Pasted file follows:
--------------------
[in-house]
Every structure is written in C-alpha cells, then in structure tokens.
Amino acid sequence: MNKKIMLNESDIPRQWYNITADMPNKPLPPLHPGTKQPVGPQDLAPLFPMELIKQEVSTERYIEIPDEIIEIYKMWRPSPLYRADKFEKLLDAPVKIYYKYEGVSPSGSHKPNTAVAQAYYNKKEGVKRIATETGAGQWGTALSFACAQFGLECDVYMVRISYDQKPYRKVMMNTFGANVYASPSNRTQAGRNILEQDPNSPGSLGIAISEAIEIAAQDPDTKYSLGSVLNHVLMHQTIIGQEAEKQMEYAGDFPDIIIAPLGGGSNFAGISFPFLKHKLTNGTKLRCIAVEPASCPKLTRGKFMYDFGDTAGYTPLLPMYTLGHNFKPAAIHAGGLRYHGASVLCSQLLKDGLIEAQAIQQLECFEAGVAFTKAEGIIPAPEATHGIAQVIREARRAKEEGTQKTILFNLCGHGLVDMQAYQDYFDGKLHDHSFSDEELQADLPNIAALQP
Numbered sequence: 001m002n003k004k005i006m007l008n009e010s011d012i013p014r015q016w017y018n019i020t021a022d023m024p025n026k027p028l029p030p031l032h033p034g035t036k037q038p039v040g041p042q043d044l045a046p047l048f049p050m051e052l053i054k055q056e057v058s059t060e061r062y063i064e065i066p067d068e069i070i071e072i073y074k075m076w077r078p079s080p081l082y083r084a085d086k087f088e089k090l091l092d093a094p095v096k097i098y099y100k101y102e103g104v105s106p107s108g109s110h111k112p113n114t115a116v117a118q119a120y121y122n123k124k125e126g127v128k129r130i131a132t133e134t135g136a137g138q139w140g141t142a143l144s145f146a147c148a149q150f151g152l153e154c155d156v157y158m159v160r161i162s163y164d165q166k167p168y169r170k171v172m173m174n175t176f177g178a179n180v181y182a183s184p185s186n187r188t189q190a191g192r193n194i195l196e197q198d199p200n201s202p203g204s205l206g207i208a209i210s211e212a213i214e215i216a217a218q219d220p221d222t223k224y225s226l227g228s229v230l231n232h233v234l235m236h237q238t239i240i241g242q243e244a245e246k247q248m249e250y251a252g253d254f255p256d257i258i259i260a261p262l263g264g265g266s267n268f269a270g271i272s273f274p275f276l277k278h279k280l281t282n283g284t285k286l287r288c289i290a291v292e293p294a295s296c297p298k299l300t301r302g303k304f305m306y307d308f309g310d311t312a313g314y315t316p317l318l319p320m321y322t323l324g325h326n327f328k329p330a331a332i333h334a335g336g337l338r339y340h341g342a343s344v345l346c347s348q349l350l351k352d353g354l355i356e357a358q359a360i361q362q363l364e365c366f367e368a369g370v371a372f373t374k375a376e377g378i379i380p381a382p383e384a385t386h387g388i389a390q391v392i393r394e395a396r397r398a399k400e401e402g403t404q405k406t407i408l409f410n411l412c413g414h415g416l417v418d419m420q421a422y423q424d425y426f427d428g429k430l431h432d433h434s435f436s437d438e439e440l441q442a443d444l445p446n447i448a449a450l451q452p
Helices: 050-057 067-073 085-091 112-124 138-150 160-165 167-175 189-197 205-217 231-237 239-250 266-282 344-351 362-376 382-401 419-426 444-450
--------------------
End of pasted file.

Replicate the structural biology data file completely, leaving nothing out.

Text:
[in-house]
Every structure is written in C-alpha cells, then in structure tokens.
Amino acid sequence: MNKKIMLNESDIPRQWYNITADMPNKPLPPLHPGTKQPVGPQDLAPLFPMELIKQEVSTERYIEIPDEIIEIYKMWRPSPLYRADKFEKLLDAPVKIYYKYEGVSPSGSHKPNTAVAQAYYNKKEGVKRIATETGAGQWGTALSFACAQFGLECDVYMVRISYDQKPYRKVMMNTFGANVYASPSNRTQAGRNILEQDPNSPGSLGIAISEAIEIAAQDPDTKYSLGSVLNHVLMHQTIIGQEAEKQMEYAGDFPDIIIAPLGGGSNFAGISFPFLKHKLTNGTKLRCIAVEPASCPKLTRGKFMYDFGDTAGYTPLLPMYTLGHNFKPAAIHAGGLRYHGASVLCSQLLKDGLIEAQAIQQLECFEAGVAFTKAEGIIPAPEATHGIAQVIREARRAKEEGTQKTILFNLCGHGLVDMQAYQDYFDGKLHDHSFSDEELQADLPNIAALQP
Numbered sequence: 001m002n003k004k005i006m007l008n009e010s011d012i013p014r015q016w017y018n019i020t021a022d023m024p025n026k027p028l029p030p031l032h033p034g035t036k037q038p039v040g041p042q043d044l045a046p047l048f049p050m051e052l053i054k055q056e057v058s059t060e061r062y063i064e065i066p067d068e069i070i071e072i073y074k075m076w077r078p079s080p081l082y083r084a085d086k087f088e089k090l091l092d093a094p095v096k097i098y099y100k101y102e103g104v105s106p107s108g109s110h111k112p113n114t115a116v117a118q119a120y121y122n123k124k125e126g127v128k129r130i131a132t133e134t135g136a137g138q139w140g141t142a143l144s145f146a147c148a149q150f151g152l153e154c155d156v157y158m159v160r161i162s163y164d165q166k167p168y169r170k171v172m173m174n175t176f177g178a179n180v181y182a183s184p185s186n187r188t189q190a191g192r193n194i195l196e197q198d199p200n201s202p203g204s205l206g207i208a209i210s211e212a213i214e215i216a217a218q219d220p221d222t223k224y225s226l227g228s229v230l231n232h233v234l235m236h237q238t239i240i241g242q243e244a245e246k247q248m249e250y251a252g253d254f255p256d257i258i259i260a261p262l263g264g265g266s267n268f269a270g271i272s273f274p275f276l277k278h279k280l281t282n283g284t285k286l287r288c289i290a291v292e293p294a295s296c297p298k299l300t301r302g303k304f305m306y307d308f309g310d311t312a313g314y315t316p317l318l319p320m321y322t323l324g325h326n327f328k329p330a331a332i333h334a335g336g337l338r339y340h341g342a343s344v345l346c347s348q349l350l351k352d353g354l355i356e357a358q359a360i361q362q363l364e365c366f367e368a369g370v371a372f373t374k375a376e377g378i379i380p381a382p383e384a385t386h387g388i389a390q391v392i393r394e395a396r397r398a399k400e401e402g403t404q405k406t407i408l409f410n411l412c413g414h415g416l417v418d419m420q421a422y423q424d425y426f427d428g429k430l431h432d433h434s435f436s437d438e439e440l441q442a443d444l445p446n447i448a449a450l451q452p
Helices: 050-057 067-073 085-091 112-124 138-150 160-165 167-175 189-197 205-217 231-237 239-250 266-282 344-351 362-376 382-401 419-426 444-450